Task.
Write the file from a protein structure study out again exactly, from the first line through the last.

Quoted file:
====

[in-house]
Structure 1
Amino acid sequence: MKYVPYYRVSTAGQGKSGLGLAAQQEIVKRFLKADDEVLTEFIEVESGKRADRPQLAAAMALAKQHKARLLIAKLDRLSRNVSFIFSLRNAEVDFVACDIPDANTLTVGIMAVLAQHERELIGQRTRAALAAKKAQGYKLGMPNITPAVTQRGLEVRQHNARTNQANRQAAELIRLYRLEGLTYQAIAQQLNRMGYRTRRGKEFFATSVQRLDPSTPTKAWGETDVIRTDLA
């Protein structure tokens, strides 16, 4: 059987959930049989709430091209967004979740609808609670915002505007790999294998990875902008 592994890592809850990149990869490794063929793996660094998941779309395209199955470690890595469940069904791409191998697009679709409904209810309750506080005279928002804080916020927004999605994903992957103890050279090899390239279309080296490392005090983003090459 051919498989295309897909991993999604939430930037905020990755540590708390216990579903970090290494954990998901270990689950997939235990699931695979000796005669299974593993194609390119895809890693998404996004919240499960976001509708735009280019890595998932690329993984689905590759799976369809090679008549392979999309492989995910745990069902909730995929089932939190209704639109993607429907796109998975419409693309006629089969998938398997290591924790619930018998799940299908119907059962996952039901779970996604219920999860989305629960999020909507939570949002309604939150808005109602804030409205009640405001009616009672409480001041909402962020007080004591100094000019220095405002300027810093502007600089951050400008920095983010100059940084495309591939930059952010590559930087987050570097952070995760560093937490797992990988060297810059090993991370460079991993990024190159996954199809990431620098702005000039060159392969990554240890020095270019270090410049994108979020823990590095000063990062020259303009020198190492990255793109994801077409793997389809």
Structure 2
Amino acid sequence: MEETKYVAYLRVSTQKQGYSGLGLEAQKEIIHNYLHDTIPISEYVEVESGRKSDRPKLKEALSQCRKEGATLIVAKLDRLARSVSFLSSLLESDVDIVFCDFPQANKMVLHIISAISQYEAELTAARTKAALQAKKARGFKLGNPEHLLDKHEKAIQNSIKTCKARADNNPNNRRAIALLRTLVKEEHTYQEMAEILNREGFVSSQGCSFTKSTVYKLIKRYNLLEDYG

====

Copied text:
[in-house]
Structure 1
Amino acid sequence: MKYVPYYRVSTAGQGKSGLGLAAQQEIVKRFLKADDEVLTEFIEVESGKRADRPQLAAAMALAKQHKARLLIAKLDRLSRNVSFIFSLRNAEVDFVACDIPDANTLTVGIMAVLAQHERELIGQRTRAALAAKKAQGYKLGMPNITPAVTQRGLEVRQHNARTNQANRQAAELIRLYRLEGLTYQAIAQQLNRMGYRTRRGKEFFATSVQRLDPSTPTKAWGETDVIRTDLA
């Protein structure tokens, strides 16, 4: 059987959930049989709430091209967004979740609808609670915002505007790999294998990875902008 592994890592809850990149990869490794063929793996660094998941779309395209199955470690890595469940069904791409191998697009679709409904209810309750506080005279928002804080916020927004999605994903992957103890050279090899390239279309080296490392005090983003090459 051919498989295309897909991993999604939430930037905020990755540590708390216990579903970090290494954990998901270990689950997939235990699931695979000796005669299974593993194609390119895809890693998404996004919240499960976001509708735009280019890595998932690329993984689905590759799976369809090679008549392979999309492989995910745990069902909730995929089932939190209704639109993607429907796109998975419409693309006629089969998938398997290591924790619930018998799940299908119907059962996952039901779970996604219920999860989305629960999020909507939570949002309604939150808005109602804030409205009640405001009616009672409480001041909402962020007080004591100094000019220095405002300027810093502007600089951050400008920095983010100059940084495309591939930059952010590559930087987050570097952070995760560093937490797992990988060297810059090993991370460079991993990024190159996954199809990431620098702005000039060159392969990554240890020095270019270090410049994108979020823990590095000063990062020259303009020198190492990255793109994801077409793997389809």
Structure 2
Amino acid sequence: MEETKYVAYLRVSTQKQGYSGLGLEAQKEIIHNYLHDTIPISEYVEVESGRKSDRPKLKEALSQCRKEGATLIVAKLDRLARSVSFLSSLLESDVDIVFCDFPQANKMVLHIISAISQYEAELTAARTKAALQAKKARGFKLGNPEHLLDKHEKAIQNSIKTCKARADNNPNNRRAIALLRTLVKEEHTYQEMAEILNREGFVSSQGCSFTKSTVYKLIKRYNLLEDYG